Microsoft Office Tutorials and References
In Depth Information
The text of the message (if the message is in HTML format).
Returns the importance level of the message as one of the following values:
olImportanceHigh , olImportanceLow , and olImportanceNormal .
Returns the date specifying when the message was received (as a type Date ).
A collection of Recipient objects representing the message recipients.
True if the message has been saved since it was last modified, False otherwise.
The display name of the message sender.
The date when the message was sent (as a type Date ).
The message subject.
A semicolon-delimited list of the message recipients’ display names.
Returns True if the message has not been opened. False if it has been.
Next look at some examples of writing macros to perform useful, everyday tasks in Outlook.
Moving Selected Messages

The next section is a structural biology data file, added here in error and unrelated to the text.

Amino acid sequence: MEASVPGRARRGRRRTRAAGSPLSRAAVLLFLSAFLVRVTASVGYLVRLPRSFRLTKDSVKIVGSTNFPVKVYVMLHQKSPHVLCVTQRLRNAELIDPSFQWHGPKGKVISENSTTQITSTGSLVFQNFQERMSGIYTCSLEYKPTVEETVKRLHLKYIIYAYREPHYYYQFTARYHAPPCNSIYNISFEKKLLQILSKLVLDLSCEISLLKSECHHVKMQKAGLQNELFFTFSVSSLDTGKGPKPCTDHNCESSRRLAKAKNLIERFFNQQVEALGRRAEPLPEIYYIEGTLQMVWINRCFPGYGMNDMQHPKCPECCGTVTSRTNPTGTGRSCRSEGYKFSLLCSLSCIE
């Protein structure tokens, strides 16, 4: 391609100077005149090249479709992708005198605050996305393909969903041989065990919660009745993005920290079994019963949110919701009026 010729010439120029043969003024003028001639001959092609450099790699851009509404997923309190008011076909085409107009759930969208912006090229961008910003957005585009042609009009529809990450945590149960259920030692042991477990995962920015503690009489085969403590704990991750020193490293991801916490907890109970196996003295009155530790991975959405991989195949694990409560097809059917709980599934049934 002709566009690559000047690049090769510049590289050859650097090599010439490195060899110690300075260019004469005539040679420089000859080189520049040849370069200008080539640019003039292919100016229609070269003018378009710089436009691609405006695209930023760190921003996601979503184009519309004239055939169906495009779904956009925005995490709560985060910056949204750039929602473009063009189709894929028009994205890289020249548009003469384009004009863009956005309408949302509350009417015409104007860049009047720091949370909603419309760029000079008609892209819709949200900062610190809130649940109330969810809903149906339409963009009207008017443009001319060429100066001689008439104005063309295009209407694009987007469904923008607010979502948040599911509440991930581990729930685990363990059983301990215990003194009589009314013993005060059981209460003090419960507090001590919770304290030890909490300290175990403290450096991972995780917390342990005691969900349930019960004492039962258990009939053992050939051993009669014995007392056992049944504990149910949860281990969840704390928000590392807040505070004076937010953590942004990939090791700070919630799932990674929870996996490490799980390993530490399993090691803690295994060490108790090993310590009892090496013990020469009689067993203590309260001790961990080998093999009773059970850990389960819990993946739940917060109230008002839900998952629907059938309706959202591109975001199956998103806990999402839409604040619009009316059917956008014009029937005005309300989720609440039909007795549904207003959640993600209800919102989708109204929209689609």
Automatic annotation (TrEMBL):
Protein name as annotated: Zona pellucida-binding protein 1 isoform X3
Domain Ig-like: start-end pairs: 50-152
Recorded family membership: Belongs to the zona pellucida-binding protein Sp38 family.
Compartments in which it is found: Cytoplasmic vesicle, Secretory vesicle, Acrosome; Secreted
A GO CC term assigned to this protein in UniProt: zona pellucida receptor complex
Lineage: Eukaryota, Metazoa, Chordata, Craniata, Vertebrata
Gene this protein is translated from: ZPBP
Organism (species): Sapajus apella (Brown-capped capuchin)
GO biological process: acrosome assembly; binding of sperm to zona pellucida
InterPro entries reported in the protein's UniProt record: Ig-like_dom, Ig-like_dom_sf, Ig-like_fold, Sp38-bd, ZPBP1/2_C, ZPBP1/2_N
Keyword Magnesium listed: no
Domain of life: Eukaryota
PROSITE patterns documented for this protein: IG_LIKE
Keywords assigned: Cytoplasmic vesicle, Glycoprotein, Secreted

One way you can use macros is to go through any folder containing email messages, typically the
Inbox, and move messages to various other folders depending on their sender, subject, or other
The first step in doing this is to get a reference to both folders. You have already seen how to get a
reference to the Inbox using the GetDefaultFolder() method, and how to get a reference to
a user-created folder using the FindFolder() procedure presented earlier in this chapter.
Next you must loop through all the messages in the Inbox, checking each one to see whether it
meets the criterion for being moved. You use a For Each...Next loop for this purpose. For this
code snippet, assume that:
n fInbox is a reference to the Inbox.
n The variable m has been declared as type Outlook.MailItem .
n The variable Subject holds the text you want to look for.
For Each m In fInbox.Items
If InStr(m.Subject, Subject) > 0 Then
‘ Move the message here.
End If
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